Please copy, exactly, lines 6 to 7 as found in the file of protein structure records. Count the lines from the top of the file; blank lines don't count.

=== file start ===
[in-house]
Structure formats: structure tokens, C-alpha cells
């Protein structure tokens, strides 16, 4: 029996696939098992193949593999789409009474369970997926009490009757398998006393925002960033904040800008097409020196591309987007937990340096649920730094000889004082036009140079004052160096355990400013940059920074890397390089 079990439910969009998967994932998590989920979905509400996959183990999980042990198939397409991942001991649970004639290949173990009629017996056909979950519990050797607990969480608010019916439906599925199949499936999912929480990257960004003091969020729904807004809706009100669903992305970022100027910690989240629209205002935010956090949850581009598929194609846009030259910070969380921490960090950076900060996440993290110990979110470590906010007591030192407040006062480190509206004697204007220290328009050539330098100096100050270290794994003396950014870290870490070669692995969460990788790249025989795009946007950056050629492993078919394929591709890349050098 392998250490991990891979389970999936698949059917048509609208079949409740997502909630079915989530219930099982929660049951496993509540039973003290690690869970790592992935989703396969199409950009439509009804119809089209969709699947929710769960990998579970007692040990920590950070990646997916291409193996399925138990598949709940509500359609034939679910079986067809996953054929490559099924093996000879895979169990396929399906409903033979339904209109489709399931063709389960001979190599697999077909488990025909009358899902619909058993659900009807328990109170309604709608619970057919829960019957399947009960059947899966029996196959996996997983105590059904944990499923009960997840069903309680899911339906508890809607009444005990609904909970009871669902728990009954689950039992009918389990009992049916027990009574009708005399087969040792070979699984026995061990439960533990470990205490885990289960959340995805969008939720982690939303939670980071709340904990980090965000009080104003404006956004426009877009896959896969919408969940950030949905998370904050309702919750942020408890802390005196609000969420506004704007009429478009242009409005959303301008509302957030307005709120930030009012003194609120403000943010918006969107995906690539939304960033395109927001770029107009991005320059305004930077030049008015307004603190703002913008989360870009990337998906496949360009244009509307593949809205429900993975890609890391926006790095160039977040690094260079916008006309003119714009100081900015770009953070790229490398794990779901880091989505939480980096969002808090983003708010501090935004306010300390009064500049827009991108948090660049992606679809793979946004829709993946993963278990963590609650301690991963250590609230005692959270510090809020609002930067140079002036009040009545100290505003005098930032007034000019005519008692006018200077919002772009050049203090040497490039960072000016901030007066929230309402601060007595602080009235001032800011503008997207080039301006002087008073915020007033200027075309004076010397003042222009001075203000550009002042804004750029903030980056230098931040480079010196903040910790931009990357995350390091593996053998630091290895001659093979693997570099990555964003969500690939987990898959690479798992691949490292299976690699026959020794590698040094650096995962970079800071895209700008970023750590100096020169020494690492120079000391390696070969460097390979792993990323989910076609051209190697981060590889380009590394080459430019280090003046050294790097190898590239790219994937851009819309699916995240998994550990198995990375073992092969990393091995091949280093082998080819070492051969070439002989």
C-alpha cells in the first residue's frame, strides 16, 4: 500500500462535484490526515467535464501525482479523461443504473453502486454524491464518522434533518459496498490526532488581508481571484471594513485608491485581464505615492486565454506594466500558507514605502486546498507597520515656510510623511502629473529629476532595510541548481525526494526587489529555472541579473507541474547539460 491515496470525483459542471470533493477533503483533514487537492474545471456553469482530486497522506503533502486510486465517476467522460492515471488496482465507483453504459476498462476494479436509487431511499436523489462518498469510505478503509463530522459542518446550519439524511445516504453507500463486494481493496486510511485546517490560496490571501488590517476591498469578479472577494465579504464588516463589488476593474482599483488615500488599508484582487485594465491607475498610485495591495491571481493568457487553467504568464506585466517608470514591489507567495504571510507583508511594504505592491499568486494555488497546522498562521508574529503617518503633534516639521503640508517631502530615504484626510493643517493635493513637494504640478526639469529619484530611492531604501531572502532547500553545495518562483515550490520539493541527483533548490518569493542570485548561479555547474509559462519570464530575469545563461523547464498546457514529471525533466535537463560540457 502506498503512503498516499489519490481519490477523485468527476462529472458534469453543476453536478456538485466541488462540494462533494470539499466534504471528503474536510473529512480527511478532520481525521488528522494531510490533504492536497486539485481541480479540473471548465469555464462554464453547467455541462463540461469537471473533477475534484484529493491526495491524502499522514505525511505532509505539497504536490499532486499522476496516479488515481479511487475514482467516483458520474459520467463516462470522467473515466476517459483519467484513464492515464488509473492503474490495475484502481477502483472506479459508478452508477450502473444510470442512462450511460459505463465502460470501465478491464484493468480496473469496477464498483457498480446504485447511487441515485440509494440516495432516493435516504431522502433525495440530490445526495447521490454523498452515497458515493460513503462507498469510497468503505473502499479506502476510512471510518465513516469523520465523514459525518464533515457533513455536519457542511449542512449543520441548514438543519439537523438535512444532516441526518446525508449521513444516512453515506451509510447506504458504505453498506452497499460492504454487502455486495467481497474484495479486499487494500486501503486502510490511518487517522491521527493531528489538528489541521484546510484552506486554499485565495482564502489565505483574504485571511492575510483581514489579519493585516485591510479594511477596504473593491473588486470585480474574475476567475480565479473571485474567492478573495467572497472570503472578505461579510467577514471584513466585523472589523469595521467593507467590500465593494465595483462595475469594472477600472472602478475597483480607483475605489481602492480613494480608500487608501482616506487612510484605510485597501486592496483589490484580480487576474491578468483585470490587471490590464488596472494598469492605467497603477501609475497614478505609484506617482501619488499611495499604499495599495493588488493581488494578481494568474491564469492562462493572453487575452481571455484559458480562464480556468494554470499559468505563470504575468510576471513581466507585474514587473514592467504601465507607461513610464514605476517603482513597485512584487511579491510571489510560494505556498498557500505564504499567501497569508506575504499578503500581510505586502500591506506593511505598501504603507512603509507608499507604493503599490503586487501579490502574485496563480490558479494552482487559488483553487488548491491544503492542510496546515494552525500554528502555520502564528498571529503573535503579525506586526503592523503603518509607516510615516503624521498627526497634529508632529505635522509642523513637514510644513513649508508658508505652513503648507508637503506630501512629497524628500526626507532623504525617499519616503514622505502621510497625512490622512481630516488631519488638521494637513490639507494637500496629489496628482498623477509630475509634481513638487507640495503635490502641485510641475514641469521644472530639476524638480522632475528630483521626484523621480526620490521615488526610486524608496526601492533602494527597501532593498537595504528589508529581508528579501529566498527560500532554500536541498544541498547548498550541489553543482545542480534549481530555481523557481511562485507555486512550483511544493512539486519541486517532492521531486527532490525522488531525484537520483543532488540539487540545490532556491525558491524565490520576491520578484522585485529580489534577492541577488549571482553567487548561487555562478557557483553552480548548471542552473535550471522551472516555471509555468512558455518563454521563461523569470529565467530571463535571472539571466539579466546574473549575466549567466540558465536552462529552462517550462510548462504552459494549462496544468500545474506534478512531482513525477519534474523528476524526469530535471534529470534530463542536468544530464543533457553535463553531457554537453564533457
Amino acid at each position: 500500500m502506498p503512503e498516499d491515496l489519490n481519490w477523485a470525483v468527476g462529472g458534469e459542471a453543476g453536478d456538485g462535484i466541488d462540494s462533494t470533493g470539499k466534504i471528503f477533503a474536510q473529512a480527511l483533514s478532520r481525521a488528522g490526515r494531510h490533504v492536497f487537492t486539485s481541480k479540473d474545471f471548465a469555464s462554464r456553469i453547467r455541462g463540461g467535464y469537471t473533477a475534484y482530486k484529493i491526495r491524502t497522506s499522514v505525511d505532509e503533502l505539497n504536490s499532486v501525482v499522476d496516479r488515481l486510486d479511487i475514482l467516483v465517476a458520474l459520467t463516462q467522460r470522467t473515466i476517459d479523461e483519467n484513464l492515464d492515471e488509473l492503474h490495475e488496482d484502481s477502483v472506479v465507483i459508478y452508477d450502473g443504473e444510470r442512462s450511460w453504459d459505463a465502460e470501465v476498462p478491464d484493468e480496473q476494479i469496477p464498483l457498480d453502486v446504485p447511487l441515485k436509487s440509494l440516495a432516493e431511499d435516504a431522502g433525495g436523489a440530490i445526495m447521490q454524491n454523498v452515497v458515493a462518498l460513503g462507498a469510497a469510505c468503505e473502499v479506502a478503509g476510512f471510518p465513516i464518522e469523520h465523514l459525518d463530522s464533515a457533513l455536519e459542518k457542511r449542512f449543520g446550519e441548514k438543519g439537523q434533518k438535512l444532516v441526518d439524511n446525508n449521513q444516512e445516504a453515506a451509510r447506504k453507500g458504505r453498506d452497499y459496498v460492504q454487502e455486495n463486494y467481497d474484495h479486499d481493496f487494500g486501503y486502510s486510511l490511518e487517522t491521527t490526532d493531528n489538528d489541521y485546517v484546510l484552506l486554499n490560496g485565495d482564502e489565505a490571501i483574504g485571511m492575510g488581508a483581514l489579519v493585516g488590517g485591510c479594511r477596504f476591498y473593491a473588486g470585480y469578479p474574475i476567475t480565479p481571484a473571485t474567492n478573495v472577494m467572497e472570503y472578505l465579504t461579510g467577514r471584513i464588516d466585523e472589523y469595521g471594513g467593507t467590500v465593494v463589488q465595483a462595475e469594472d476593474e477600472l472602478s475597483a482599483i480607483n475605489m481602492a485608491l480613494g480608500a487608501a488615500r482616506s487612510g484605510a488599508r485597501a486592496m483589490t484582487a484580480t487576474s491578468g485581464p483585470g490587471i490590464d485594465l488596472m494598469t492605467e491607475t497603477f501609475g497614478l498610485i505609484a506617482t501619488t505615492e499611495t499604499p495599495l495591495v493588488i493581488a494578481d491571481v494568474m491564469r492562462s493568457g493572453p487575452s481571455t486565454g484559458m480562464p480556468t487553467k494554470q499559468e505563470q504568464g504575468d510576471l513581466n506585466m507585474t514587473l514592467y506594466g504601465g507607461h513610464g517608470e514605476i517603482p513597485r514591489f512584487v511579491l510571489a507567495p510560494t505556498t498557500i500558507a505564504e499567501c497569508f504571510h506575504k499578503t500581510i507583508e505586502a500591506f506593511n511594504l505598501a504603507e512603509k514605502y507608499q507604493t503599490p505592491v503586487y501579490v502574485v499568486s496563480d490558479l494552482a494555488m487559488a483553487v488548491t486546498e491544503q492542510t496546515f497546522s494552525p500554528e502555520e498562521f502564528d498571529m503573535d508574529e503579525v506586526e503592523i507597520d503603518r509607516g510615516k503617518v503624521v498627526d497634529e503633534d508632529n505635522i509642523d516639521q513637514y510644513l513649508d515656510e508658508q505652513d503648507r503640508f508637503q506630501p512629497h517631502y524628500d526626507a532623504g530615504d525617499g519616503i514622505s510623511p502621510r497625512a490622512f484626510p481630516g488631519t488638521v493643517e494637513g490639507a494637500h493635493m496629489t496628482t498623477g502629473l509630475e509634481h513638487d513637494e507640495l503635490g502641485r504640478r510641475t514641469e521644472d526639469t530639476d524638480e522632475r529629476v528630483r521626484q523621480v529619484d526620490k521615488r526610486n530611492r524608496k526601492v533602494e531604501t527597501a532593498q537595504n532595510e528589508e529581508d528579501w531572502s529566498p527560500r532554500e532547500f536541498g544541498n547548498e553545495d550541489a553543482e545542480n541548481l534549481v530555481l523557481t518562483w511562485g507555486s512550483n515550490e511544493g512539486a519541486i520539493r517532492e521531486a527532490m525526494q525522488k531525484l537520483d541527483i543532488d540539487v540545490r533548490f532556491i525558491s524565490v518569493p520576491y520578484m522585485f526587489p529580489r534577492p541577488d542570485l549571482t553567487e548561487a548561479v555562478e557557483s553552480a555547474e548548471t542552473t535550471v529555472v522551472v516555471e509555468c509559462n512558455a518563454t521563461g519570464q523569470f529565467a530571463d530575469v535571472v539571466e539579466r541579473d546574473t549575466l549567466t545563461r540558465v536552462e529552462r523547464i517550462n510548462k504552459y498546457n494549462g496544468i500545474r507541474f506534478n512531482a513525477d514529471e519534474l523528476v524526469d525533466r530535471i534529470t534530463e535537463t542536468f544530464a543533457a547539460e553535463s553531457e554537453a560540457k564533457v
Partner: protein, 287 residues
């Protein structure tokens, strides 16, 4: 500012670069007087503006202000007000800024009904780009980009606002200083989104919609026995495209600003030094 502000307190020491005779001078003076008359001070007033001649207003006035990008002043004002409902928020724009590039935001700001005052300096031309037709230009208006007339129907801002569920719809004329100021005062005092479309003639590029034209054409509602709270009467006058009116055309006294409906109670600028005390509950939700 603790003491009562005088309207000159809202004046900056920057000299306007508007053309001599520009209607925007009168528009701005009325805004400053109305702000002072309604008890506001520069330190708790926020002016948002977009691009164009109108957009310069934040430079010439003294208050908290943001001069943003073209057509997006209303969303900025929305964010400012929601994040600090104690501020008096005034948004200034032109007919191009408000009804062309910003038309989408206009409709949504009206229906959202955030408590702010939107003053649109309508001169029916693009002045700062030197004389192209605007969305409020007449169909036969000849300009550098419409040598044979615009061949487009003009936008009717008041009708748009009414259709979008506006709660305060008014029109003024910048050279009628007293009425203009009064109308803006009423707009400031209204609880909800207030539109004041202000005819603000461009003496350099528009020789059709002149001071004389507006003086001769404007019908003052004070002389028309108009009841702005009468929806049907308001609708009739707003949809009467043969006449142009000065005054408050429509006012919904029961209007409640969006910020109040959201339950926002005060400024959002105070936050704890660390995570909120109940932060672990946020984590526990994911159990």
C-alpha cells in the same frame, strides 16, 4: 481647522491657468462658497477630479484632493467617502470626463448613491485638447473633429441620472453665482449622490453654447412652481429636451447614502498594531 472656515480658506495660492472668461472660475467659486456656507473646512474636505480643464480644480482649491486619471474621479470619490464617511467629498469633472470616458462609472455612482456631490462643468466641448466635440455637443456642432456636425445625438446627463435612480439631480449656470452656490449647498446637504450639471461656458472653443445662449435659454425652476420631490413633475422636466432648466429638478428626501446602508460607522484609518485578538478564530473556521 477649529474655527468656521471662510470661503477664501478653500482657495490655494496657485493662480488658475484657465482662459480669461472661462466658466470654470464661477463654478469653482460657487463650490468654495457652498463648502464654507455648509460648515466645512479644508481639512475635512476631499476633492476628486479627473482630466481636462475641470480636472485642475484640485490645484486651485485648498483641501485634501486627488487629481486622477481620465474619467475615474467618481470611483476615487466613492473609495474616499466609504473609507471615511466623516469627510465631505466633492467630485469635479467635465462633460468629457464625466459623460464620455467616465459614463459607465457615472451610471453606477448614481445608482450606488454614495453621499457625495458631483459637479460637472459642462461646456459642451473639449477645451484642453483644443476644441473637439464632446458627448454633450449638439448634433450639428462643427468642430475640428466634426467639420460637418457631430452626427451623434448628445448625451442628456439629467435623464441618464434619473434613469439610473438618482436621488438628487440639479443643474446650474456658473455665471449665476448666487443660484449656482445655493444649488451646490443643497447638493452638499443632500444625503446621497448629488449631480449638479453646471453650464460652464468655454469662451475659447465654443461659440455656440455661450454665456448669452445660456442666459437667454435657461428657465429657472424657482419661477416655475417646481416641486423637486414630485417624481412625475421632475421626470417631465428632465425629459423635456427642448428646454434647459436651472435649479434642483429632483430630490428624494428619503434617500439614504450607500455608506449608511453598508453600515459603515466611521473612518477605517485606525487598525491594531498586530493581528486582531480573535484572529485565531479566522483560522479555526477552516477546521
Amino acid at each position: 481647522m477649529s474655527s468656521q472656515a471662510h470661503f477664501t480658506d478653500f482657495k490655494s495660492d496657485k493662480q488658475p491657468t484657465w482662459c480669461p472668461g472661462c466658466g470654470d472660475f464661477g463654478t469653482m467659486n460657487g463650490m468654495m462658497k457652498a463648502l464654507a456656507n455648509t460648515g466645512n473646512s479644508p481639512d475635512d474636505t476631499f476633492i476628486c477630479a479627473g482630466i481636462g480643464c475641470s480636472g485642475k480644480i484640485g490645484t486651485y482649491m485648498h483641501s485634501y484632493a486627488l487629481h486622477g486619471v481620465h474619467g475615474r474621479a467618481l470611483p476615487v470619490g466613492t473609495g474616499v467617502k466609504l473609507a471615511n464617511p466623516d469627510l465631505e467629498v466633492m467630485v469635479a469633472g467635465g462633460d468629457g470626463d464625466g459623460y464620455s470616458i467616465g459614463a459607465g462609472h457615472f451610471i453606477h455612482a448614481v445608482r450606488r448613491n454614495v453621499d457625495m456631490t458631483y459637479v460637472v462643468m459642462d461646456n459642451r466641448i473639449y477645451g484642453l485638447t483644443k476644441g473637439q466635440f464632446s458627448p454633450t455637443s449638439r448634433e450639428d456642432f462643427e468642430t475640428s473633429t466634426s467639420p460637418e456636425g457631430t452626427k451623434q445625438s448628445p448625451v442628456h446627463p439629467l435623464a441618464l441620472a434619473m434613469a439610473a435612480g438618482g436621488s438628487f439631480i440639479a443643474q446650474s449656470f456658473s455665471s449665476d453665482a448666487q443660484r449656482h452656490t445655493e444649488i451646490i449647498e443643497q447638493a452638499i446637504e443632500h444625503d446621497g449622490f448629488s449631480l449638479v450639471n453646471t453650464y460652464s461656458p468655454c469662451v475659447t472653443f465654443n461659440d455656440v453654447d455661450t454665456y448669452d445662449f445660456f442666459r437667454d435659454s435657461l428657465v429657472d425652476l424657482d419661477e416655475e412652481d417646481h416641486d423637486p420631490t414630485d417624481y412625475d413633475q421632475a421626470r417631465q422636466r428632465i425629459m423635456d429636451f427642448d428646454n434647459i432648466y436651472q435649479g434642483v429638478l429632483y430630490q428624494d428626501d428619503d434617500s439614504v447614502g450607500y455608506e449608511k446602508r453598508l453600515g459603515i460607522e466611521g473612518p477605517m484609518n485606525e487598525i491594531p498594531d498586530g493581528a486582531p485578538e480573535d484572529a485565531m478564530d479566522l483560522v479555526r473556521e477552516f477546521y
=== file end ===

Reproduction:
Partner: protein, 287 residues
């Protein structure tokens, strides 16, 4: 500012670069007087503006202000007000800024009904780009980009606002200083989104919609026995495209600003030094 502000307190020491005779001078003076008359001070007033001649207003006035990008002043004002409902928020724009590039935001700001005052300096031309037709230009208006007339129907801002569920719809004329100021005062005092479309003639590029034209054409509602709270009467006058009116055309006294409906109670600028005390509950939700 603790003491009562005088309207000159809202004046900056920057000299306007508007053309001599520009209607925007009168528009701005009325805004400053109305702000002072309604008890506001520069330190708790926020002016948002977009691009164009109108957009310069934040430079010439003294208050908290943001001069943003073209057509997006209303969303900025929305964010400012929601994040600090104690501020008096005034948004200034032109007919191009408000009804062309910003038309989408206009409709949504009206229906959202955030408590702010939107003053649109309508001169029916693009002045700062030197004389192209605007969305409020007449169909036969000849300009550098419409040598044979615009061949487009003009936008009717008041009708748009009414259709979008506006709660305060008014029109003024910048050279009628007293009425203009009064109308803006009423707009400031209204609880909800207030539109004041202000005819603000461009003496350099528009020789059709002149001071004389507006003086001769404007019908003052004070002389028309108009009841702005009468929806049907308001609708009739707003949809009467043969006449142009000065005054408050429509006012919904029961209007409640969006910020109040959201339950926002005060400024959002105070936050704890660390995570909120109940932060672990946020984590526990994911159990």